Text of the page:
One argument of a verb, almost always the patient, may be incorporated into it to reduce its valency by one. This is less commonly used in Ishoʻu ʻOhu than in PCW, but it is still a productive derivational process. The incorporated noun always precedes the verb and takes the form of the bare stem.
Ishoʻu ʻOhu makes some use of zero-derivation. The most significant form of this is that nominals may be used as determiners, in which instance they take no affixes at all. For example, the nominal pa "everything (inan.)" may be used as a determiner meaning "all".
Word order in Ishoʻu ʻOhu is SOV, or EAV if cases are considered. Indirect objects precede direct objects (as described in the VP section below).
In general, one-word modifiers immediately precede their head, while modifying phrases follow the head.
The verb phrase
A verb phrase (VP) in Ishoʻu ʻOhu consists of an inflected verb and its arguments. While all verbs must inflect for evidentiality and for the absolutive argument, and all monotransitives and ditransitives must inflect for the ergative argument, the arguments themselves are generally omitted (which is to say that Ishoʻu ʻOhu is a pro-drop language, like most of the Coastal Western languages). An exception to this is the indirect (recipient) object of a ditransitive verb, which must always be present.
The maximum number of arguments is three - one ergative, one absolutive for transitive verbs, and a second absolutive for ditransitives. All arguments must precede the verb, and the direct object of a ditransitive verb occurs after the other arguments.
A verb may take an additional adjuncts, which may be a postpositional phrase, an adverbial phrase, or an adverb. Adverbs precede the verb, while all other adjuncts follow it.
Example verb phrases
Intransitive with omitted argument:
Intransitive with adjunct (postpositional phrase):
Monotransitive with one omitted argument:
Ditransitive, using inference evidential and cliticised postposition:
The noun phrase
The noun phrase (NP) consists of a head nominal and any number of modifiers. Most single-word modifiers and prefixes precede the head, while modifying phrases follow it. Titles and epithets also follow the head.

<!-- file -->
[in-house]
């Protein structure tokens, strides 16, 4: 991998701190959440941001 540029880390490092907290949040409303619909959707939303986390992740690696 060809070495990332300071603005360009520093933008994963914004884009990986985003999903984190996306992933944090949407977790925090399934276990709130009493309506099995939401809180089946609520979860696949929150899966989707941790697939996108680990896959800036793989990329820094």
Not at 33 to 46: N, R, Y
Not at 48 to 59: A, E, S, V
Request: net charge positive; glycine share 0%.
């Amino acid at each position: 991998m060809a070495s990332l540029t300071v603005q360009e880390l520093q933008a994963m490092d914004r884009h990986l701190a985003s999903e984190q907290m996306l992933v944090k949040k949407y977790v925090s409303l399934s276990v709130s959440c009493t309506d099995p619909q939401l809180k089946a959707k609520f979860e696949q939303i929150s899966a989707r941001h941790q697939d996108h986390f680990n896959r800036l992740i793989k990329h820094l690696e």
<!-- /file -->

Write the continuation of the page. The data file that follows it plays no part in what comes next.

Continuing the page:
Note that some nominals are inalienably possessed: they require a possessive prefix. Some other nominals change their meaning when a possessive prefix is added.
Example noun phrases
The postpositional phrase
The postpositional phrase (PP) consists of a head postposition and a complement NP. While PCW had two prepositions, in Ishoʻu ʻOhu all adpositions are postpositions and therefore form head-final PPs. The NP complement of a PP takes the construct case.
Note that some "postpositional phrases" used as verbal adjuncts may in fact consist of a single nominal (in the construct case) with a cliticised postposition.
Example prepositional phrases
Ishoʻu ʻOhu uses a zero copula, whether the predicate is a nominal, a modifier, or a modifying phrase. Both the subject and the predicate take the absolutive case.
Where the predicate is an adjectival prefix, it is prefixed to the classifier pronoun agreeing with the subject, and the absolutive case suffix is added.
A complement clause consists of a VP followed by the special subordinator desi, which was originally an inflected pronoun. A complement clause is always considered to be an inanimate nominal belong to noun class IX (intangibles); unlike in PCW, however, it may stand as any part of a sentence that could be filled by an ordinary NP, including any argument of a verb or postposition. However, postpositions never cliticise to a complement clause or its subordinator.
The subordinator may be changed to desí, originally a plural, which indicates that the verb in the VP refers to a repeated or habitual action.
Example complement clauses
A relative clause is a VP, one of whose arguments is the phoric pronoun zé agreeing with its antecedent in classifier, case, and number. It always follows its head noun. (This formation has been straightforwardly inherited from PCW, except that the position of the head noun has been moved to the beginning.)
Example relative clauses
A horse on a hill saw some sheep. A woman was cutting away the wool of the first sheep, a child was milking the second sheep, a man was slaughtering a third sheep. On their fire, a fourth sheep was being cooked.
The horse said this to a sheep: It pains me to see humans using sheep like this.
One sheep said this to the horse: I want you to listen to me. It pains me to see the horse who runs swiftly being shot and eaten. Humans do not know how to use your swiftness. But next year they will know. Then you too will be the slave of the humans!
Having heard this, the horse fled into the plain.
Shèsiʻi hedoʻu dabé sibogo mòhu zédábàdagé. ʻÀsìʻi dagógú mòhuʻu chula béabèzigé; gedeʻi suzhúda hoadabàdagé; deʻi nogugúda gozézábàdagé. Mèzogú mòhu gógúbàdagé gohu kadoʻu pazhé.
Shèsiʻi zézíbèsigé mòhuʻuzé: “Dàmadaʻehi mòhuhu tatezídagéshi zhú desi zedédesine desi ʻudazédanagé.”
Dagési mòhiʻi zézíbèsigé shèsuʻuzé: “Sidezínace desi zízhidesine.
“Shèsi zéda sezózu sezízúgo kubezúgogéshi dàʻabezúgogéshi desi zedédesine desi ʻudazédanagé.
“Dàmadaʻehi zéhogú tatozhisigéshi desi zédózhisigéshide.
“Gé zédózhisigéshi gezhùnòʻu à. Pa deʻi za dàmadaʻohu datáda chùgúzhugocoʻu!”
Shèsiʻi sidabèsigé desi gúgu, sezéʻogúbògo dagáboʻugèzí.
(Changes in circumstances affect everybody.)
(Children will end up like their parents.)